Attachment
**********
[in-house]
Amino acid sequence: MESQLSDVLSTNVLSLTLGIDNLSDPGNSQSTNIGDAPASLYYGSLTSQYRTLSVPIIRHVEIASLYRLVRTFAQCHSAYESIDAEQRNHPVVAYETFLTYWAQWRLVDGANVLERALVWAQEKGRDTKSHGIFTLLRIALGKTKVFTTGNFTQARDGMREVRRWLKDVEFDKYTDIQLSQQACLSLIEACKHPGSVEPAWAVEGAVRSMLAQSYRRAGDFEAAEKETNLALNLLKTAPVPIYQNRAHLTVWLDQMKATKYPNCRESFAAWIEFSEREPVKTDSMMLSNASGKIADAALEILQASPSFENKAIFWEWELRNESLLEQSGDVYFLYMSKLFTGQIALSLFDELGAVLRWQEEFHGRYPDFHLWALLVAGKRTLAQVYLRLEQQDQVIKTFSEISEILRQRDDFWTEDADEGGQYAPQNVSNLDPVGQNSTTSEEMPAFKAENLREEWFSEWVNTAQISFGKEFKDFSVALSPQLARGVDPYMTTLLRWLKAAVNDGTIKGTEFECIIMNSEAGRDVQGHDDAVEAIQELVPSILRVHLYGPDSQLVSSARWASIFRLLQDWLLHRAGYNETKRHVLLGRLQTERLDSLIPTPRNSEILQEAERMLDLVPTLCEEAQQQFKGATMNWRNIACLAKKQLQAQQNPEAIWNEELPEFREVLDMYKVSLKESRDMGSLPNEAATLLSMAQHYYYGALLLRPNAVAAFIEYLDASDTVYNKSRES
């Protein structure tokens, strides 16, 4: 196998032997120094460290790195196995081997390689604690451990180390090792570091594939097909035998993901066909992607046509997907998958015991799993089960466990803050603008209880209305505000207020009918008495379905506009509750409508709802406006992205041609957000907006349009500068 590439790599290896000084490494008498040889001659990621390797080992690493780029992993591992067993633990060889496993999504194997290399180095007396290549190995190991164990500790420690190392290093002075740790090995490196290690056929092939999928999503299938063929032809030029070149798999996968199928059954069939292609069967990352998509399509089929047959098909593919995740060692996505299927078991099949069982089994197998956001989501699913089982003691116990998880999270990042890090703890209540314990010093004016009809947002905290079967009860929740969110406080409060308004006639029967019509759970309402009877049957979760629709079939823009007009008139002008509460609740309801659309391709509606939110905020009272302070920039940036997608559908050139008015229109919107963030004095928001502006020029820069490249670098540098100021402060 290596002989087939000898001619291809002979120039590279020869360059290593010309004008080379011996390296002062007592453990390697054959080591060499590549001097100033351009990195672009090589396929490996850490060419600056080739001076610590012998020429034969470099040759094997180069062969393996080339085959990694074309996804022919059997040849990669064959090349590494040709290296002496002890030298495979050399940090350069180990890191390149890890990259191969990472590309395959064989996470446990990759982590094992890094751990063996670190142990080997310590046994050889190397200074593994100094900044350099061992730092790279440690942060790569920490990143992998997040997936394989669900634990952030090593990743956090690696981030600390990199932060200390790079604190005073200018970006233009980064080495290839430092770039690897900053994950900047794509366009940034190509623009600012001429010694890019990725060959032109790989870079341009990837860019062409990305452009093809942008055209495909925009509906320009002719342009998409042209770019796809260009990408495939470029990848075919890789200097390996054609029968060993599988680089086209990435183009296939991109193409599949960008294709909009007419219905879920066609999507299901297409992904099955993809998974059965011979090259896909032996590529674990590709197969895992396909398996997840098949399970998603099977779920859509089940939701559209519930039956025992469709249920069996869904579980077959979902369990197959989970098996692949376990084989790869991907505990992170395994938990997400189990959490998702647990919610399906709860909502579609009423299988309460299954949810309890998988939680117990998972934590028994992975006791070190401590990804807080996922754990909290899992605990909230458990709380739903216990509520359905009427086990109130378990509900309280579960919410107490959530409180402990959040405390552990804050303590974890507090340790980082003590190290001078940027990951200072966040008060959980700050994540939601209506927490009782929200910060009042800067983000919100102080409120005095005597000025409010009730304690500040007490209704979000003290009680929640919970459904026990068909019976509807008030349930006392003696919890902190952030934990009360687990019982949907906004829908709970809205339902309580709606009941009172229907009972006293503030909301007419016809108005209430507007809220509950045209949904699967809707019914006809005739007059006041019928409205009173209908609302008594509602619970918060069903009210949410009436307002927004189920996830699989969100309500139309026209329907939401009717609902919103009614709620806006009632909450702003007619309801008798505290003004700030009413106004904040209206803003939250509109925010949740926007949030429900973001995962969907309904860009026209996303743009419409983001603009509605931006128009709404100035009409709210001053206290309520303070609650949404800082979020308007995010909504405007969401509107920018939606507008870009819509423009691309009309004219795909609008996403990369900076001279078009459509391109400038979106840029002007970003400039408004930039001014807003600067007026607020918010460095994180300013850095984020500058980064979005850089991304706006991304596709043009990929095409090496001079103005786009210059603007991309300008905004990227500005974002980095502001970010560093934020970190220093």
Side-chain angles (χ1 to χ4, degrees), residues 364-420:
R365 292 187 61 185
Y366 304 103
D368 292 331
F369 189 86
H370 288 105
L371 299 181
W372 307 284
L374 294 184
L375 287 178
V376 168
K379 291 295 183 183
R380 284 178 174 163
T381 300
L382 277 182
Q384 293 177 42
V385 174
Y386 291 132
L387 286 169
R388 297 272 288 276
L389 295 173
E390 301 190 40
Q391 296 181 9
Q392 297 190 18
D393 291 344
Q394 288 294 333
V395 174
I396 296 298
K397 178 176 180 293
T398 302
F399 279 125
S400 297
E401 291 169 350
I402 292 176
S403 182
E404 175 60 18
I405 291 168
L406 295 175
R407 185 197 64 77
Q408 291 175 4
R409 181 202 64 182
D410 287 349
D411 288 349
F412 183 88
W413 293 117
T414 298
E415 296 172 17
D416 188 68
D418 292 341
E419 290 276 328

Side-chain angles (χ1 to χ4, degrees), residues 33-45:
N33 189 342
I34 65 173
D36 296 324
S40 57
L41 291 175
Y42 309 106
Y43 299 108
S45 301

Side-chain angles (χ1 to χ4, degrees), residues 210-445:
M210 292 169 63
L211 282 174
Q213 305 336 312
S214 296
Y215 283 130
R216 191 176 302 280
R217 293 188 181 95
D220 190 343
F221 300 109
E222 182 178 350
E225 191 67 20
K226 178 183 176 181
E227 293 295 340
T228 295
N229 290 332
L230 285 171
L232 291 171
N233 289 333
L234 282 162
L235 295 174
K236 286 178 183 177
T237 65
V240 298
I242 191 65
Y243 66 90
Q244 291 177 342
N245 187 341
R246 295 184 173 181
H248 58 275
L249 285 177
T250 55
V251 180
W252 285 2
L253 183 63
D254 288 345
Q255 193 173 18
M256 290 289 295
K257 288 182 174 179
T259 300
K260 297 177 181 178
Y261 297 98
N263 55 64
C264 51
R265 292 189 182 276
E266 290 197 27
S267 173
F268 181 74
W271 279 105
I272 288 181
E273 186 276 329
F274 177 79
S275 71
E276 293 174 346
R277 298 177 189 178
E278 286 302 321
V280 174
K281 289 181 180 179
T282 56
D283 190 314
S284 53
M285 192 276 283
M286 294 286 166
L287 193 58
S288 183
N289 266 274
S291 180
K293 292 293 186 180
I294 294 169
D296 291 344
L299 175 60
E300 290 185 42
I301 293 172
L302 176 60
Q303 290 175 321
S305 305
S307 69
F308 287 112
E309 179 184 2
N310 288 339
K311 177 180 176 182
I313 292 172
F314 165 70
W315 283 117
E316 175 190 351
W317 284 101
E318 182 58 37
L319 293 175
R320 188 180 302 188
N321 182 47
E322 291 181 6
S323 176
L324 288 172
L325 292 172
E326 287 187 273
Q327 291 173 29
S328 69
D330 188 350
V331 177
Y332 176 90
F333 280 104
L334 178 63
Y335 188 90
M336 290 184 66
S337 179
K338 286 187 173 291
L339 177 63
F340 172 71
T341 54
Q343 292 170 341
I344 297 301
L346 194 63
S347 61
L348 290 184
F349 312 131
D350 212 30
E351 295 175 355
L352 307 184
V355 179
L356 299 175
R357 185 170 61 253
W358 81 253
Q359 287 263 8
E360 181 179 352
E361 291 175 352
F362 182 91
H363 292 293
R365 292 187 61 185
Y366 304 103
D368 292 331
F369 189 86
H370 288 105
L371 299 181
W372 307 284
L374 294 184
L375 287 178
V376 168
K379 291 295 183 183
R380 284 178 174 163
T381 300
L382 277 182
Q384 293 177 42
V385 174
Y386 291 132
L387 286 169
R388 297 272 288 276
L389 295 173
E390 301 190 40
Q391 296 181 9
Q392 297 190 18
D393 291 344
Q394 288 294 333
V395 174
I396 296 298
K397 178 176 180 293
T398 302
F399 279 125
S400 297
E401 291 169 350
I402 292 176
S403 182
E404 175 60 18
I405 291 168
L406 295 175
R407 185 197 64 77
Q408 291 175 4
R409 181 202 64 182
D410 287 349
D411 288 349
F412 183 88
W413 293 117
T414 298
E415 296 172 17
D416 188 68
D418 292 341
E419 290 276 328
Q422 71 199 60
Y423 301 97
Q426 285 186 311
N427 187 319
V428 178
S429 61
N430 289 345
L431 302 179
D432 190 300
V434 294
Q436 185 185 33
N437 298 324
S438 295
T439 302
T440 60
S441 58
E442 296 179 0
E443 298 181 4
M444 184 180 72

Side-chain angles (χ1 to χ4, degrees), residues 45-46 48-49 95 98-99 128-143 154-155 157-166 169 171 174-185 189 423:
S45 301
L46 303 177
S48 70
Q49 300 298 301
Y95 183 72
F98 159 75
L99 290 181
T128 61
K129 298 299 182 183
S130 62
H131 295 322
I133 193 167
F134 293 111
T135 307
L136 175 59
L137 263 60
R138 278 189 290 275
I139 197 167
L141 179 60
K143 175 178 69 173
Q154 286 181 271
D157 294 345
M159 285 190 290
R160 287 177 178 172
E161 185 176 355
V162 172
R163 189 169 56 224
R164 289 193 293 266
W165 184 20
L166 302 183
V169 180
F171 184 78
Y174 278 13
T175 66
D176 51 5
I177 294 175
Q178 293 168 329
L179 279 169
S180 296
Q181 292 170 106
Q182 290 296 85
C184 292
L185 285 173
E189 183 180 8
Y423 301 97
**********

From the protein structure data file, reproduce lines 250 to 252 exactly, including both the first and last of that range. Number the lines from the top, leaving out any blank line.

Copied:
N437 298 324
S438 295
T439 302